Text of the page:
Hello Friends and Family,

Link to this year's index by clicking here.

Spring in the Desert, Part 3

Each turn in the wildflower trail reveals a new delight — this is a Baja Fairy Duster, similar to the pink variety I shared last week. However, the red blossoms really set it off. As you might guess from its name, it is native to Baja California (which, of course, is in Mexico). It is a favorite of butterflies and hummingbirds.

Here we see a favorite landscaping plant in the Valley of the Sun, a Red Yucca. It is native to Chihuahuan desert of west Texas east and south into central and south Texas and northeastern Mexico around Coahuila. It also attracts hummingbirds.

This is quite an unusual wildflower and one which with I was not familiar. So I turned to the Internet to discover that it is a Golden Columbine. It is native to Arizona and prefers riverbed and mountain locations. And with those flowers, it is not a surprise that they attract both hummingbirds and butterflies.

Wow! A wonderful planting of another favorite landscaping plant, Lantana. The plant is native to the tropical regions of the Americas and Africa although it has been introduced to a much wider geography. In fact, in my beloved Hawai`i, it is considered an invasive species.

Next we encounter another of Caroline Escobar's curious sculptures. This one makes me think of a bear head with two snake bodies connected inside a snail shell. Your imagination may differ.

I guess I am a sucker for these beautiful plantings of mixed varieties of wildflowers. Here Chocolate Flower and Goodding's Verbena put on a spectacular show.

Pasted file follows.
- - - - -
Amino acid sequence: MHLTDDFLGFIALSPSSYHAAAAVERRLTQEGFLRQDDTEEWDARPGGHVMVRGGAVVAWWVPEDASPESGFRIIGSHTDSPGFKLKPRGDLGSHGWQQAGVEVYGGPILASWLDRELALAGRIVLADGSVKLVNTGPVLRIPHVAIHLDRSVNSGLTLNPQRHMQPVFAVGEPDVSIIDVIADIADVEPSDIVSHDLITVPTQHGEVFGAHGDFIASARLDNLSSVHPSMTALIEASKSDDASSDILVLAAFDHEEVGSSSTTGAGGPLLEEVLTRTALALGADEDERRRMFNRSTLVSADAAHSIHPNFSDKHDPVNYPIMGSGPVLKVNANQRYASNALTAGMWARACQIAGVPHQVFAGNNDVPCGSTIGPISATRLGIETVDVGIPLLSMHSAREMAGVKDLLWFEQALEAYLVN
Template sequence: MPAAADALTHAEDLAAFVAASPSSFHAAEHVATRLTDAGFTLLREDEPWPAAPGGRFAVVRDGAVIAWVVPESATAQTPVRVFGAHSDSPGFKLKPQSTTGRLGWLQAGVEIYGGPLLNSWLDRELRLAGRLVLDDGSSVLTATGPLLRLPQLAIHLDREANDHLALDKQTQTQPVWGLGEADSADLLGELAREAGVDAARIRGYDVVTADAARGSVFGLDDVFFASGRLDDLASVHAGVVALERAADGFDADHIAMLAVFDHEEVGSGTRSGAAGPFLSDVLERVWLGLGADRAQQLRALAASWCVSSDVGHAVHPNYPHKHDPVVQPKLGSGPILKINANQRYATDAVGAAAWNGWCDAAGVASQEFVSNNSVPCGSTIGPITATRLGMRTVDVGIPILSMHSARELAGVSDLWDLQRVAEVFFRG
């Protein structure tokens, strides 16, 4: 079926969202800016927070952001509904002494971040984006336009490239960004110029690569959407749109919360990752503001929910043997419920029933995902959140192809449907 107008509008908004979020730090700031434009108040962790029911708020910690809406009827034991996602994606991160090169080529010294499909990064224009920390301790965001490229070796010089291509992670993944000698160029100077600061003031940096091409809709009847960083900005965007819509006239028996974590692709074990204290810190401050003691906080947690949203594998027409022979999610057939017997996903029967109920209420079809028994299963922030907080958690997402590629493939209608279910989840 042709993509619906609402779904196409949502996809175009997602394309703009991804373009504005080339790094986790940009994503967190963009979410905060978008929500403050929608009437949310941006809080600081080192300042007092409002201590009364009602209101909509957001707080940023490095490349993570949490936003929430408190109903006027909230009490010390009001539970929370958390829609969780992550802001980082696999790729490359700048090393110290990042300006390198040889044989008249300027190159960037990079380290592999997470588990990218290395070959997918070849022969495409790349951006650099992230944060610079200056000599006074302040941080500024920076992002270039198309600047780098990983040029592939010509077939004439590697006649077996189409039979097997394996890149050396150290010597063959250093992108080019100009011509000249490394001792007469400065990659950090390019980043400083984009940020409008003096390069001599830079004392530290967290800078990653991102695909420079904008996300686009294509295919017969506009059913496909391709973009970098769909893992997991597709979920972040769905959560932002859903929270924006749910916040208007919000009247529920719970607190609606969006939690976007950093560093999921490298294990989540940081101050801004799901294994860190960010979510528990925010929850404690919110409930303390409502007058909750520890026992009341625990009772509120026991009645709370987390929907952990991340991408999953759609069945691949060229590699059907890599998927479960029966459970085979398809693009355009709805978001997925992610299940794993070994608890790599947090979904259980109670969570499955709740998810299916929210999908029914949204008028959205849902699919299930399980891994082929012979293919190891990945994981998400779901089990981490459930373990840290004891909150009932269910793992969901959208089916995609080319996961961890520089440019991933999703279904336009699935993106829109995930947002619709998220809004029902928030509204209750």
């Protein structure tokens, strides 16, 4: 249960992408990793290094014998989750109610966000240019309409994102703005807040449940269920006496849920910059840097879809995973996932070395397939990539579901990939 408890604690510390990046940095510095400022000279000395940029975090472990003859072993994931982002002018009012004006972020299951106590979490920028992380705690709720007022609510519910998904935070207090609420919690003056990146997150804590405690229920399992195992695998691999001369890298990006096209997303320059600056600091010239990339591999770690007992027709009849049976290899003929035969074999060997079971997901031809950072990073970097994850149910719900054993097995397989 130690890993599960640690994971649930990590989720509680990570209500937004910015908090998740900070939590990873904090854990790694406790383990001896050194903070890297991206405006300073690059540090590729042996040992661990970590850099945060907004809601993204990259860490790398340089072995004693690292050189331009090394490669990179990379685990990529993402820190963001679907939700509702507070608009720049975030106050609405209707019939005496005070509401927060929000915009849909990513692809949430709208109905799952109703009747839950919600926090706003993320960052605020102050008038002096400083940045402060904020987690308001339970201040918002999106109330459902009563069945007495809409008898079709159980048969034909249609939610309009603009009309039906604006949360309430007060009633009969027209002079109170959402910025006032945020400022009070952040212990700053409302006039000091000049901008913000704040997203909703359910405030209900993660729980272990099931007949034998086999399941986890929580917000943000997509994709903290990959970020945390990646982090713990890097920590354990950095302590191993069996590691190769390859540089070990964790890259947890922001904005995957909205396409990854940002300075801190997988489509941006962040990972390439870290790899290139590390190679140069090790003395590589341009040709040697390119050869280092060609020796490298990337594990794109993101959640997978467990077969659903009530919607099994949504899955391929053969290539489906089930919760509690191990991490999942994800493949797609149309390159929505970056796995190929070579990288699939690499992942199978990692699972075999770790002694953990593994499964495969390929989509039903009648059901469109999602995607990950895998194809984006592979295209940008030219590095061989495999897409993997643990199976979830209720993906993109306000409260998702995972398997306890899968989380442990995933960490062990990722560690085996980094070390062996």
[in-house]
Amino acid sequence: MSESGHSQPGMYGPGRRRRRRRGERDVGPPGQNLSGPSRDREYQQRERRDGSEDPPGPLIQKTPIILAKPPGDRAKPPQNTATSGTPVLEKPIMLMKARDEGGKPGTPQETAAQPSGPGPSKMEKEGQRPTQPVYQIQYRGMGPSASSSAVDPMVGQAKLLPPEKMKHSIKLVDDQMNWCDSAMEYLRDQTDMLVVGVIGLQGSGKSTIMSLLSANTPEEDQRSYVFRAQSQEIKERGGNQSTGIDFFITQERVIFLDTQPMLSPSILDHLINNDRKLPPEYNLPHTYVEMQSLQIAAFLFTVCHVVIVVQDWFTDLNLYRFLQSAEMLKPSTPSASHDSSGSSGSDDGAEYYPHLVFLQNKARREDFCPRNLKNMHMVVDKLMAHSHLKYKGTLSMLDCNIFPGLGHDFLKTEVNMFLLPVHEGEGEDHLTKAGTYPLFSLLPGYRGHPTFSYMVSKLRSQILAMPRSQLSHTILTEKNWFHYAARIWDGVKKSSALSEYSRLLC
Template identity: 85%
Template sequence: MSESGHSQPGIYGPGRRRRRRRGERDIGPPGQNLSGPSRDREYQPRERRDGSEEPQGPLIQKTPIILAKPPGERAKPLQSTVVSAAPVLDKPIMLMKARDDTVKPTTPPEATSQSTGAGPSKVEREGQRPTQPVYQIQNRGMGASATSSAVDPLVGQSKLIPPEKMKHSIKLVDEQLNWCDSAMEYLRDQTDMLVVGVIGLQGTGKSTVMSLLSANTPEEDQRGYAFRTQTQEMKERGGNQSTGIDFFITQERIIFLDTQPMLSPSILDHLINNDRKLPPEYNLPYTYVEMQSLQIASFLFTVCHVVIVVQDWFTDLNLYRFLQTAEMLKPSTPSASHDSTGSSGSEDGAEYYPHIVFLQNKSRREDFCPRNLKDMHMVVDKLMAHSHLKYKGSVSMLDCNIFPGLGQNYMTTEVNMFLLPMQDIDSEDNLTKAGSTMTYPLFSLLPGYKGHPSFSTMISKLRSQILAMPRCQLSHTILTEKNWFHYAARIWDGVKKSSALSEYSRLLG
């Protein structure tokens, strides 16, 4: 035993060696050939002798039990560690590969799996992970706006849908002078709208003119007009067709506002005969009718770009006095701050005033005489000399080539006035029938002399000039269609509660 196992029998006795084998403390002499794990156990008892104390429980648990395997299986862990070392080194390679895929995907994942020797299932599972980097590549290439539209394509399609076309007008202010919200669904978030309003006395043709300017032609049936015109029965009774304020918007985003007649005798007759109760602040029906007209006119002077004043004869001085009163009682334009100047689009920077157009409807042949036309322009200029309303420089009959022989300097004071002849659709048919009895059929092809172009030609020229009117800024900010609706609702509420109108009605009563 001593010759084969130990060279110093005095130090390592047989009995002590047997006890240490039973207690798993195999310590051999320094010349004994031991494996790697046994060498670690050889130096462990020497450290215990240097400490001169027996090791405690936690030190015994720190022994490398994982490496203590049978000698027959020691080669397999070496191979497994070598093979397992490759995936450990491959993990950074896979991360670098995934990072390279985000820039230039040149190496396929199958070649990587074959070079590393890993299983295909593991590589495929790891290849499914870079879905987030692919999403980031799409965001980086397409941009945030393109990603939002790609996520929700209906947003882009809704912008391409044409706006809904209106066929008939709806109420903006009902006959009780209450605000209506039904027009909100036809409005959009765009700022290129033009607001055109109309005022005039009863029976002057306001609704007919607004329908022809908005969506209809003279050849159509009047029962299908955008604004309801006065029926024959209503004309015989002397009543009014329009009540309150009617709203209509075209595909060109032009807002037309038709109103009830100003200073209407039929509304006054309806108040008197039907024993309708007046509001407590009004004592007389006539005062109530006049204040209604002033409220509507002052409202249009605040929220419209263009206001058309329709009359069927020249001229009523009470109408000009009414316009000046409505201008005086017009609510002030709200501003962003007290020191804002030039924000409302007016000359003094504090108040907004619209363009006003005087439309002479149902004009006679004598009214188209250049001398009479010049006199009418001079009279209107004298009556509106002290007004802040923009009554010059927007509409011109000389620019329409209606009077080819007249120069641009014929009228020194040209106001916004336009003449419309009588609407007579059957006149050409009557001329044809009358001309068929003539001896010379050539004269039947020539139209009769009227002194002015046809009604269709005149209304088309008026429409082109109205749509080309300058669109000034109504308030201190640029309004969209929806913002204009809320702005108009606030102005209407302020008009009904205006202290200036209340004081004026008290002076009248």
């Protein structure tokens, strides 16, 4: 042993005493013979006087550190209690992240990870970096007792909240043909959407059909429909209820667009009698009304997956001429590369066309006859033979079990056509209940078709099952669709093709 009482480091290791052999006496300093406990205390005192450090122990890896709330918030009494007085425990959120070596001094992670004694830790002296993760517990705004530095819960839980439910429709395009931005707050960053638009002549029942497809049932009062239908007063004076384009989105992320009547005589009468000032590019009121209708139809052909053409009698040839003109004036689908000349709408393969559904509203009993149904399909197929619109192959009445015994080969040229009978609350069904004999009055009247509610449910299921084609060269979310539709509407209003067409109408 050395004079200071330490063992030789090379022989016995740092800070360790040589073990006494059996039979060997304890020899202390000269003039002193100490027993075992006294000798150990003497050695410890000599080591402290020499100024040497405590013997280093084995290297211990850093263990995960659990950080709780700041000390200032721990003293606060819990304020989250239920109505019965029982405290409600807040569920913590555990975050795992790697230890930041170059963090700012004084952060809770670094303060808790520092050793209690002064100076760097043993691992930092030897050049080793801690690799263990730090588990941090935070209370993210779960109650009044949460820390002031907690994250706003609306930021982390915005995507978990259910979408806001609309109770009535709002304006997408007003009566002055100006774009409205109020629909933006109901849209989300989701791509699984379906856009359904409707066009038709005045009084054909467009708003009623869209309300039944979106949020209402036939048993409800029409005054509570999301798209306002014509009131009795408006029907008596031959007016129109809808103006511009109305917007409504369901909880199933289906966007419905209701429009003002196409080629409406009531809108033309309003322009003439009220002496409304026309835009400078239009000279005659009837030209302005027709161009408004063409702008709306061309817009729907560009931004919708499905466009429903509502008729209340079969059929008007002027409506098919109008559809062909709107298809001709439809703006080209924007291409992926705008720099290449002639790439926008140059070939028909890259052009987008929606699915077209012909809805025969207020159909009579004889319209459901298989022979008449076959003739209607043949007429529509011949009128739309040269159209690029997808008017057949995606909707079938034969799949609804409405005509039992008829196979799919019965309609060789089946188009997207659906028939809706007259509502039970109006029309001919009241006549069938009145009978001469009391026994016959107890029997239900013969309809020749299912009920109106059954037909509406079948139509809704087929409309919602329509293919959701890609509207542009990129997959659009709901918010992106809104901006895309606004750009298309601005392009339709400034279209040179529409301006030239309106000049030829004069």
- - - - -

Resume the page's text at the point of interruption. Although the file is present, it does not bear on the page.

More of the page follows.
These flowers are exquisite. They look somewhat like a type of Paintbrush but I could not find them in the wildflower catalogs I searched online. I guess we'll have to enjoy them without knowing their proper name.

Same problem here. I do not know its name but it sure is pretty.

Another stand of mixed wildflowers drew my eye — Blackfoot Daisies, Goodding's Verbena and a few Paintbrushy things.

Just as I was about to snap a photo of another wildflower, I heard the unique buzz of a hummingbird — and it just came into my viewfinder. No time to set up the shot, just point and shoot then hope that the camera was smart enough to capture these delightful little creatures. It was.

For the photographers out there, I was shooting in Aperture Priority mode with an f-stop of f/8.0. The cameras chose a speed of 1/1600 second which pretty much (but not completely) stopped the wings in flight.

I held down the shutter release which puts the camera in continuous mode and captured a few more images before my little friend departed. To me, this was the best as he hovered and fed on nectar from this colorful flower.

Sometimes it helps to be lucky. On this day, I was.

To be continued...

Life is good.

B. David

P. S., All photos and text © B. David Cathell Photography, Inc. — www.bdavidcathell.com